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Audio/Video Receiver: The Brains and the Engine

The audio/video receiver is the centerpiece of your home theater system. It's both the brains (in terms of controlling all your components) and the muscle (providing power to your speakers). The better the A/V receiver, the happier you'll be with your system; scrimp on this component, and you'll feel the pain.

As you might expect, a wide variety of A/V receivers are available. Just checking with Crutchfield, one of my favorite electronics e-tailers, shows A/V receivers ranging in price from $179–4,499. So it's fairly obvious—not all receivers are created equal.

When shopping for an A/V receiver, you need to consider performance (power and distortion), decoding (which surround sound formats the unit decodes), connectivity (how many and what kinds of components you can connect), and control (how it switches between all those components). Here's a more detailed list of features to consider:

  • Performance. All A/V receivers offer at least five channels of amplification. (In a 5.1 system, the subwoofer is powered separately, and thus only routed through the receiver—not amplified there.) Some higher-end receivers with Dolby Digital EX decoding have six or seven channels of amplification. Some receivers even have an extra few channels of amplification to run speakers in a second room. Naturally, the higher the power per channel, the better—to a point. Most good receivers will deliver at least 100 watts per channel, but make sure that the power is delivered over the full 20–20,000 Hz bandwidth, and that the total harmonic distortion (THD) rating is comparably low—the cleanest receivers have THD levels below 0.1%. By the way, if all this is a little confusing, just go by weight. Better-constructed amplifiers weigh more than cheaper units, so if the watts are the same, go with the unit that's heavier to pick up.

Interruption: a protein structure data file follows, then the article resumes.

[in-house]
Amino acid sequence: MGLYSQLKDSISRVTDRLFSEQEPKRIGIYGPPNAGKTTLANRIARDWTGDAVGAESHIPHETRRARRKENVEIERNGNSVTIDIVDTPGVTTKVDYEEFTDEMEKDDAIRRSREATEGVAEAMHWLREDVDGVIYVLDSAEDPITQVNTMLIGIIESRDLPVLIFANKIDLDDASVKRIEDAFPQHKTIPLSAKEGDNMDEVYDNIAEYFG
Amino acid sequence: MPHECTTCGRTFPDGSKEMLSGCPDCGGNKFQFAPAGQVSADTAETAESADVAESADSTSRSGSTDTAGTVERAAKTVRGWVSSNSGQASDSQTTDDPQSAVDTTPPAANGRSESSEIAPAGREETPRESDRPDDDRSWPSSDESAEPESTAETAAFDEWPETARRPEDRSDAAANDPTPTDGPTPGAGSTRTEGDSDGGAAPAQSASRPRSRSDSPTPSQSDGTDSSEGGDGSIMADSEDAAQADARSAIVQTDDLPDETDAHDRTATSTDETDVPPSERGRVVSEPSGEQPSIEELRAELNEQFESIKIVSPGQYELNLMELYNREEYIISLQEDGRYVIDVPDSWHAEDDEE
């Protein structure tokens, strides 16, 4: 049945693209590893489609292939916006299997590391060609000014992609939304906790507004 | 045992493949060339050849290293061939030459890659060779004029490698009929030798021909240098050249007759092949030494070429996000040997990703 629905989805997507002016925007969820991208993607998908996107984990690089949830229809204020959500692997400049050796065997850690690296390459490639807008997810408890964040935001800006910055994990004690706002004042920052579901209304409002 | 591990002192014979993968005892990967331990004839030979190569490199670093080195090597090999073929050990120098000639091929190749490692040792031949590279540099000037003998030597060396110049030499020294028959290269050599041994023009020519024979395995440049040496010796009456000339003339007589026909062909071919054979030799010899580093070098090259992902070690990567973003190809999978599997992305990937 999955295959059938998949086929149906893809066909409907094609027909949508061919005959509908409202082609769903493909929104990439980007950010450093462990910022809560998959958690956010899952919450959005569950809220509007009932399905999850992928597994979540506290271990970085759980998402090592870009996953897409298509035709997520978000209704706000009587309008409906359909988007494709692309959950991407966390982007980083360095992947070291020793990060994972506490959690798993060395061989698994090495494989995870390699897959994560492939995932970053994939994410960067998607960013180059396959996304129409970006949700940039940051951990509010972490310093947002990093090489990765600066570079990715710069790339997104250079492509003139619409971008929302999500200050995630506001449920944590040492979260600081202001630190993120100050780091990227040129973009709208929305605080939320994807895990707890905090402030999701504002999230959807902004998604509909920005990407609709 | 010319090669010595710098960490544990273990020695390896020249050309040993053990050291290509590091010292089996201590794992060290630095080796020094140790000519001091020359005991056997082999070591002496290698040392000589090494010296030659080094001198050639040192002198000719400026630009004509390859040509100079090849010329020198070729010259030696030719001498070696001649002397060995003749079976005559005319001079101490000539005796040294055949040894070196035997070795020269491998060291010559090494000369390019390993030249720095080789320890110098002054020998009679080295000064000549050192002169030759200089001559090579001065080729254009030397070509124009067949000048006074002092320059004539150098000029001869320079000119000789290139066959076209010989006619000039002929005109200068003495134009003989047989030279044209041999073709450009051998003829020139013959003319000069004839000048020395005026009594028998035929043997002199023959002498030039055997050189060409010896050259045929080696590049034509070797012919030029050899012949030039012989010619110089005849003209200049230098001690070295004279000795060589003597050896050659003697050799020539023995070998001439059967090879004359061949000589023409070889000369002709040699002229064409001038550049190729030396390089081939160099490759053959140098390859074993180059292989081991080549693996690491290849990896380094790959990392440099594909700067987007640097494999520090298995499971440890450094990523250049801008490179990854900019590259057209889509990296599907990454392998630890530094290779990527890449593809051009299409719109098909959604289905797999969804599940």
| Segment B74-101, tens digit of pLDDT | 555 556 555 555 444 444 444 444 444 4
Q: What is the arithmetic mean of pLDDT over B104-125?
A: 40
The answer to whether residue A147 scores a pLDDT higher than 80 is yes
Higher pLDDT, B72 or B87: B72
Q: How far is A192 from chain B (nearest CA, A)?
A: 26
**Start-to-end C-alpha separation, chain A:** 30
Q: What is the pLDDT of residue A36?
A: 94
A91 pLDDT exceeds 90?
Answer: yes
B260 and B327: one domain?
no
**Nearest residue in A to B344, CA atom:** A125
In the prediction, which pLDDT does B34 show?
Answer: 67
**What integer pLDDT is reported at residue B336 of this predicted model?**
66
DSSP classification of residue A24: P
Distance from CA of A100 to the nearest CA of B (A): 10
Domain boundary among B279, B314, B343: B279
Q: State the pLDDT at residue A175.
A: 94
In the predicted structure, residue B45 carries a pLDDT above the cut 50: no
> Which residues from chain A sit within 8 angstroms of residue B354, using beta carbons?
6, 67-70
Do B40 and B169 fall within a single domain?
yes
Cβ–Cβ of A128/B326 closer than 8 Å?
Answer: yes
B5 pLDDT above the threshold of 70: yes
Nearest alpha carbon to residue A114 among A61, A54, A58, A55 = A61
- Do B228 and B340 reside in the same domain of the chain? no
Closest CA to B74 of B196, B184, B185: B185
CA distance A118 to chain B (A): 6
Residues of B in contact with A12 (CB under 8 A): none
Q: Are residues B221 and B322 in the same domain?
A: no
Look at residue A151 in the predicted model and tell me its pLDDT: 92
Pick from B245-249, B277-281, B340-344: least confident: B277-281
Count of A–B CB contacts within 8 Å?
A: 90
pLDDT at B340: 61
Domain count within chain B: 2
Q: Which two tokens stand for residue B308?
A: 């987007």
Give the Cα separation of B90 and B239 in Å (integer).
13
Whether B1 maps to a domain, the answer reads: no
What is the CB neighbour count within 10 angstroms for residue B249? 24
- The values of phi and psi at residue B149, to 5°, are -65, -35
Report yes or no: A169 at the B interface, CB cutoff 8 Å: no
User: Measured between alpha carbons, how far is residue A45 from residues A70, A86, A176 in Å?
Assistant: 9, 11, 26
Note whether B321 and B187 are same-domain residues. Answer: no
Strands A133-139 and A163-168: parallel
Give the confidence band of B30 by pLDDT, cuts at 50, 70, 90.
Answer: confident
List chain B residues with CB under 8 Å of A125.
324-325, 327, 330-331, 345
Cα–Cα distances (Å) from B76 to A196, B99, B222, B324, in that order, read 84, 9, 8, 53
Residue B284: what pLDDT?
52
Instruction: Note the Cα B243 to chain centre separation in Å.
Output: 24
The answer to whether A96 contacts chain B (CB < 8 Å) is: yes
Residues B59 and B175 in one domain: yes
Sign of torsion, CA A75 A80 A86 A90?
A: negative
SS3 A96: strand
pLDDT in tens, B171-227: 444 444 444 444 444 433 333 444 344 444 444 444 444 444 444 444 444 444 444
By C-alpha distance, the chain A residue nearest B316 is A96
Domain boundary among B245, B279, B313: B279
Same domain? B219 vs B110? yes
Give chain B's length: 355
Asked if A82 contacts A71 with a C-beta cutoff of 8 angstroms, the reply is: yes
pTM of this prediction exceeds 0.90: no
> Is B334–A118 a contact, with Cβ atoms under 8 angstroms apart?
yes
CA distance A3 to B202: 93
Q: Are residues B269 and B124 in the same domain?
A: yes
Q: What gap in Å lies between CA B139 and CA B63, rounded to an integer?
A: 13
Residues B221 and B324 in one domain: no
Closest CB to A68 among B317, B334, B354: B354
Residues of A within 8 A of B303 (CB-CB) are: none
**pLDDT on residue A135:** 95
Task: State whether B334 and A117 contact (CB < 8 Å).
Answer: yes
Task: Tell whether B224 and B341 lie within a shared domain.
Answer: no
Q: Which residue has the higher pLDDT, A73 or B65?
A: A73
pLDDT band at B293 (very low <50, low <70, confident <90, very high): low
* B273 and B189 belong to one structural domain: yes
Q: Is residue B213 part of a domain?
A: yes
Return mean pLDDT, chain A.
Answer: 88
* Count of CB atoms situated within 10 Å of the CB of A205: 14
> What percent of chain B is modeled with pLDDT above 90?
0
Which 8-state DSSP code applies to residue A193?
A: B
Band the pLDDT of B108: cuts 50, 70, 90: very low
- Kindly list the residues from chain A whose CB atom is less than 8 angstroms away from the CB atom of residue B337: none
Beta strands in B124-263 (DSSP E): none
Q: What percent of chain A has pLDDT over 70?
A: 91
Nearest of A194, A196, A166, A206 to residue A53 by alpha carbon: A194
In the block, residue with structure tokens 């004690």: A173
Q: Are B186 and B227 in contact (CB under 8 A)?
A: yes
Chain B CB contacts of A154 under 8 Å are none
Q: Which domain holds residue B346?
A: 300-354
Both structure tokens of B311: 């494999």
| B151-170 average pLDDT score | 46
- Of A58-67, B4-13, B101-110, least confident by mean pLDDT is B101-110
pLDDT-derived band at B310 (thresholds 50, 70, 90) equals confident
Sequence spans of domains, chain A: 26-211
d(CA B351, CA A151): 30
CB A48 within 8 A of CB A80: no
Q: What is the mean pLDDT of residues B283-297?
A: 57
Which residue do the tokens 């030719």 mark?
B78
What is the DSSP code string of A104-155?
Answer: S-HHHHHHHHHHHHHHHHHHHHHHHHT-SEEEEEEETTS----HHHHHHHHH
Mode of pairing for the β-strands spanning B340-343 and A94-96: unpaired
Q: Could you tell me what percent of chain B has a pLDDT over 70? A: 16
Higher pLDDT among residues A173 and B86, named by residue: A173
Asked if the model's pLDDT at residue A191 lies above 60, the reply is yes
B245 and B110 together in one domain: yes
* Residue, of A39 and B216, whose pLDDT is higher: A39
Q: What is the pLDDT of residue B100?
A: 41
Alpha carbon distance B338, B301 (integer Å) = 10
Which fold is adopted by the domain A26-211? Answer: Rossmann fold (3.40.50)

• Decoding. Even the lowest-priced A/V receivers available today should include surround sound decoders for the Dolby Digital, DTS, and Dolby Pro Logic II formats. Some higher-end units will have Dolby Digital EX and DTS-ES decoders, powering additional rear speakers behind the standard surround speakers. Unless you plan on installing a lot of speakers in your home theater room, you're okay with the standard 5.1-channel decoders.

  • Connectivity. This is where we separate the men from the boys. Lower-end receivers have enough inputs and outputs for only a few components; higher-end receivers have more connectors than you'll ever imagine using. But here's the thing—the more components you add to your system, the more likely you are to use all those jacks in the back of your receiver. You want at least four (preferably more) A/V inputs on the back of the unit, and ideally another set or two on the front to connect a camcorder or videogame. You want a choice of video inputs, including component video, S-video, and composite video. On the audio front, you want some combination of line audio (R/L), optical digital, and coaxial digital, and at least two full sets of A/V outputs—again, the more the merrier. Really high-end receivers will up-convert composite video and S-video inputs to component video output, so you can run a single set of component video cables from your receiver to your television monitor.

  • Control. To switch from one component to another, your receiver will utilize some type of handheld remote control. Look for a remote unit that's easy to figure out and feels good in your hand. Higher-end remotes should be programmable, so that they can also control the other components in your system. And the very best receivers come with two-way touchscreen remotes that function similarly to the best third-party universal remotes.

As I said, you can spend as little as $200 or as much as $4,000 or more for a good A/V receiver, depending on the combination of performance and features. Some of the more popular A/V receiver manufacturers include Denon, JVC, Kenwood, Onkyo, Sony, and Yamaha.

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